PROVINCETOWN — The lack of affordable and available year-round housing is a crisis on the Outer Cape, but at least it’s one for which communities have tools — from federal and state programs to local solutions such as Provincetown’s Year-Round Market-Rate Rental Housing Trust to a variety of accessory dwelling unit bylaws.
A significant part of the Outer Cape’s workforce is seasonal, however. While some who work in hotels and restaurants live here full-time, many arrive here in spring and stay only through the fall.
“Workforce housing” is being discussed in public forums, but when it comes to actual policy, it’s mostly left to the private sector to figure out. There isn’t federal or state money to help support seasonal housing. And seasonal workers usually don’t vote here.
Patrick Patrick, the owner of Marine Specialties and the chair of the Provincetown Chamber of Commerce, has proposed building a seasonal dormitory called “the Barracks” that could house up to 144 people on land his family owns off Route 6. The project would be privately owned and funded. His proposal has already been approved by the select board and the zoning board of appeals, and will be on the planning board’s agenda soon.
Meanwhile, the select board has a new economic stabilization and sustainability advisory committee, on which Patrick serves. He and others are discussing housing ideas there, including that — for a business community at its wits’ end — the solution might be: go big.
Patrick began working on the Barracks idea eight years ago. But, he said, he got serious in 2019, when “the housing for my own staff became so impossible that almost all our returning people moved into my parents’ house.”
From Patrick’s point of view, the market is about to shift even further, as Covid-inspired demand and other demographics converge. “I estimate there are about four to six families who own a large percentage of the remaining rental inventory — probably about half,” he said. “Some of them are well into their 70s. Some of them are older than that.”
The problem, he said, is that if these properties change hands in today’s market, they are very likely to become vacation homes. While many of them would then be offered for rent, it would be on the short-term vacation market, not the season-long workforce one.
“I predicted three to five years ago that we would hit a wall in a really dramatic fashion right about now,” said Patrick.
The scale of the problem is hard to measure. There are about 290 residential units with a seasonal rental certificate in Provincetown, out of about 4,700 total units. With only 6 percent of the town’s units registered as seasonal rentals, there could easily be more that are unregistered.
Meanwhile, Provincetown goes from about 1,500 active employees in March to about 4,200 in July, according to the Cape Cod Commission (datacapecod.com). While some of those 2,700 seasonal jobs go to permanent residents, if even half go to seasonal people, that means housing 1,350 people.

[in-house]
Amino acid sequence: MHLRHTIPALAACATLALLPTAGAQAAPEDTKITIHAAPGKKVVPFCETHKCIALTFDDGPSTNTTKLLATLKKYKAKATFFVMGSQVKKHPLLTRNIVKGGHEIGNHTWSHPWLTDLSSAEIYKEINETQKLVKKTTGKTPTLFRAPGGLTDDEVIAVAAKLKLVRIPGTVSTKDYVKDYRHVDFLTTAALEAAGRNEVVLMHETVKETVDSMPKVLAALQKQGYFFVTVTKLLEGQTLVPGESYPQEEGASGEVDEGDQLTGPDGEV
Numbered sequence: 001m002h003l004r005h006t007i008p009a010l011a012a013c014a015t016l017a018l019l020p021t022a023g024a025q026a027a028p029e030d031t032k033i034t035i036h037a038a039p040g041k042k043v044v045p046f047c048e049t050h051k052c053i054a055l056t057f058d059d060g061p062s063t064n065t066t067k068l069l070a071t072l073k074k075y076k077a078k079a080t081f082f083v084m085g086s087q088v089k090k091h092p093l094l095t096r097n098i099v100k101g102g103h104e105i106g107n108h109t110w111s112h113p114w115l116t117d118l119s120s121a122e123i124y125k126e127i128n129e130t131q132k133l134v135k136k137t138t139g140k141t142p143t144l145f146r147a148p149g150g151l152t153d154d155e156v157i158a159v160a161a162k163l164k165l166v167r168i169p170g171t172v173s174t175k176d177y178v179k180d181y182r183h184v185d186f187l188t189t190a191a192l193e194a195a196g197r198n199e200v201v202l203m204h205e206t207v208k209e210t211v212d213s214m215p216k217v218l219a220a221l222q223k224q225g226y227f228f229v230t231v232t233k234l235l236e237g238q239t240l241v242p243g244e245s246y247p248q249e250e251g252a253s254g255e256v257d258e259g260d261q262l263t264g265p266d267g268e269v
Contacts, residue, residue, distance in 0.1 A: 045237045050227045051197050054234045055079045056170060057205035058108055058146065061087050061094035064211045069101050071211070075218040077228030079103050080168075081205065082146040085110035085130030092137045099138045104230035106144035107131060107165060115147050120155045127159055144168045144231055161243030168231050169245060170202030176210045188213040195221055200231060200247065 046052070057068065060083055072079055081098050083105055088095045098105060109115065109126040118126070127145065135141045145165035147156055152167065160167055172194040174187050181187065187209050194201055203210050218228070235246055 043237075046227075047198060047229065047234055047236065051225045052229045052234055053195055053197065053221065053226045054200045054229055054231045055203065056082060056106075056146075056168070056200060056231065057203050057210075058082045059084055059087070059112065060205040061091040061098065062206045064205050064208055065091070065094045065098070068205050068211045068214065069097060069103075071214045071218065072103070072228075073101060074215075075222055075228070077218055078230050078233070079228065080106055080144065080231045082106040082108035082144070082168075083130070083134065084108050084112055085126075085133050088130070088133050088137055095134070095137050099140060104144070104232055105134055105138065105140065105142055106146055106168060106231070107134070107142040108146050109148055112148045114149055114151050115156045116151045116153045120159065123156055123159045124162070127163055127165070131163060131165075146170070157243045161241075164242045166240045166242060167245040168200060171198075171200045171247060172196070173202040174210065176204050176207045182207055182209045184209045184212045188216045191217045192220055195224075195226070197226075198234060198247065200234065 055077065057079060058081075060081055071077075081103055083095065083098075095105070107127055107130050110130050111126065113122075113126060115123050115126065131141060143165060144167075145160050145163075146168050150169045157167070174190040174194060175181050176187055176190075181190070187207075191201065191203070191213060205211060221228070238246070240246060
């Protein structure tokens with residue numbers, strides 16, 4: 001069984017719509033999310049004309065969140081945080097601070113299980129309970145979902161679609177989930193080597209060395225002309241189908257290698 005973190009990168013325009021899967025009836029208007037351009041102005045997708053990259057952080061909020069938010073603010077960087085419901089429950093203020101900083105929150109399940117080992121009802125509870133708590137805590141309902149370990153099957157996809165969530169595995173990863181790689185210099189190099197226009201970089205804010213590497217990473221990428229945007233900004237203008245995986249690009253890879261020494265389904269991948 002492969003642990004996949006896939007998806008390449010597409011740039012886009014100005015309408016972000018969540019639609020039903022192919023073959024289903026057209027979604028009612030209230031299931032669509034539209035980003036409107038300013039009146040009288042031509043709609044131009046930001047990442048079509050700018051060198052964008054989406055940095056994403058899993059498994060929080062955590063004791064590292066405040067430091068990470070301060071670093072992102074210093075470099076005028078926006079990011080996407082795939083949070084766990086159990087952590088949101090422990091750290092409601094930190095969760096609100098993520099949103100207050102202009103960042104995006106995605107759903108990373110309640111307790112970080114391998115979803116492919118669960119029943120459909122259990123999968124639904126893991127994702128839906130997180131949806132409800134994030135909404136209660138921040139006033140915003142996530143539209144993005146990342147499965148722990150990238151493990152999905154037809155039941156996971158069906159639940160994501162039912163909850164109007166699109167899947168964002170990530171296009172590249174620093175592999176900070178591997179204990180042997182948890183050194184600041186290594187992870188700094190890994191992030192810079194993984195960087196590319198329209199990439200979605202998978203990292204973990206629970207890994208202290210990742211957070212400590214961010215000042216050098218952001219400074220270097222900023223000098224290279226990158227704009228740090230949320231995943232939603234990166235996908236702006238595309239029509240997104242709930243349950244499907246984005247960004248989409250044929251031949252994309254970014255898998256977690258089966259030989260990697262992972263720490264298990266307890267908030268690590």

Another way to estimate the need is to look at the seasonal workers whose numbers are known: J-1 and H-2B visa workers. In the years before the pandemic, about 500 J-1 college student workers, mostly from Bulgaria and other Eastern European countries, were sponsored by Provincetown businesses. There were also about 500 H-2B visa workers approved for Provincetown businesses, the majority of them from Jamaica.
Add in the Americans who arrive from Boston, New York, and other places, and the number could easily swell to 2,000 seasonal workers.
As housing units disappear into the vacation rental market, those workers are crowding into fewer and fewer apartments.
The state’s Code of Human Habitation has rules for safe occupancy, particularly because of fire danger. “Without a project like the Barracks, I don’t know how we get that number of seasonal housing units in this town,” said member Louise Venden at the select board’s April 12 meeting. “Unless we are going to continue jamming 6 or 7 people into one-bedroom apartments — which we have done.”
Some larger employers have resorted to buying residential units just to house staff. This is expensive for those who attempt it, and impossible for most smaller businesses.
There were 1,148 “entire homes” listed as short-term rentals on Airbnb, VRBO, and Homeaway in August 2019, the most recent pre-pandemic peak, according to market research website AirDNA. Since then, more than 500 properties have changed hands in Provincetown, according to the town assessor’s ownership list.
The law that established the short-term rental tax in Massachusetts, signed by Gov. Baker in December 2018, gives towns the right to regulate the number of local licenses or permits issued and the number of days a property owner may rent out accommodation. The law also allows a community impact fee, equal to 3 percent of sales, on “investor-owned properties,” which are defined as two or more properties that are on a different lot from the owner’s primary residence.
No towns on Cape Cod have made use of any of these provisions, however. Only about 20 towns in the state have applied the community impact fee.
The way Patrick sees it, if the attrition in housing can’t be slowed, production needs to accelerate. “If people can still find properties to build condos, then you can find properties to build workforce housing,” he said. “There are a number of parcels that are underutilized.” A big building might be out of place in some areas, he said, but a cluster of tiny homes might fit in well.
“Once I’ve got this current project up and running,” he said, “I think I’d be looking to see if I can do more.”
The economic stabilization and sustainability advisory committee meetings are public and held online every other Wednesday at 4:30 p.m. For information go to provincetown-ma.gov, click on Town Boards, then look under Temporary Boards.